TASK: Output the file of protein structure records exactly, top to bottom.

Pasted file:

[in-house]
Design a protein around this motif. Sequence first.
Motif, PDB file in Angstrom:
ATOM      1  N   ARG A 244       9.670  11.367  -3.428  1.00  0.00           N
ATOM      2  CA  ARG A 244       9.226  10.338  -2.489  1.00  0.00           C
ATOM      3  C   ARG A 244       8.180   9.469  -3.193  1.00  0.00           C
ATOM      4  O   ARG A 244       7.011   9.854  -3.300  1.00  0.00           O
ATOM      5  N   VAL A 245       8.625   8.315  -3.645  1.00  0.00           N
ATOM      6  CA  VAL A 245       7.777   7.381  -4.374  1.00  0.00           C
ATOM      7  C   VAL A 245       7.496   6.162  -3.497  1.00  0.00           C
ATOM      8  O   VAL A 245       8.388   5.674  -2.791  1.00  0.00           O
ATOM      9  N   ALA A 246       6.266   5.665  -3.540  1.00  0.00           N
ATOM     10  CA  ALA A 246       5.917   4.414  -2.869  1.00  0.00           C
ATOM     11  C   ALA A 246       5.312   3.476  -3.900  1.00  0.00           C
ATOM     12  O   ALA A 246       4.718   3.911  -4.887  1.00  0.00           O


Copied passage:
[in-house]
Design a protein around this motif. Sequence first.
Motif, PDB file in Angstrom:
ATOM      1  N   ARG A 244       9.670  11.367  -3.428  1.00  0.00           N
ATOM      2  CA  ARG A 244       9.226  10.338  -2.489  1.00  0.00           C
ATOM      3  C   ARG A 244       8.180   9.469  -3.193  1.00  0.00           C
ATOM      4  O   ARG A 244       7.011   9.854  -3.300  1.00  0.00           O
ATOM      5  N   VAL A 245       8.625   8.315  -3.645  1.00  0.00           N
ATOM      6  CA  VAL A 245       7.777   7.381  -4.374  1.00  0.00           C
ATOM      7  C   VAL A 245       7.496   6.162  -3.497  1.00  0.00           C
ATOM      8  O   VAL A 245       8.388   5.674  -2.791  1.00  0.00           O
ATOM      9  N   ALA A 246       6.266   5.665  -3.540  1.00  0.00           N
ATOM     10  CA  ALA A 246       5.917   4.414  -2.869  1.00  0.00           C
ATOM     11  C   ALA A 246       5.312   3.476  -3.900  1.00  0.00           C
ATOM     12  O   ALA A 246       4.718   3.911  -4.887  1.00  0.00           O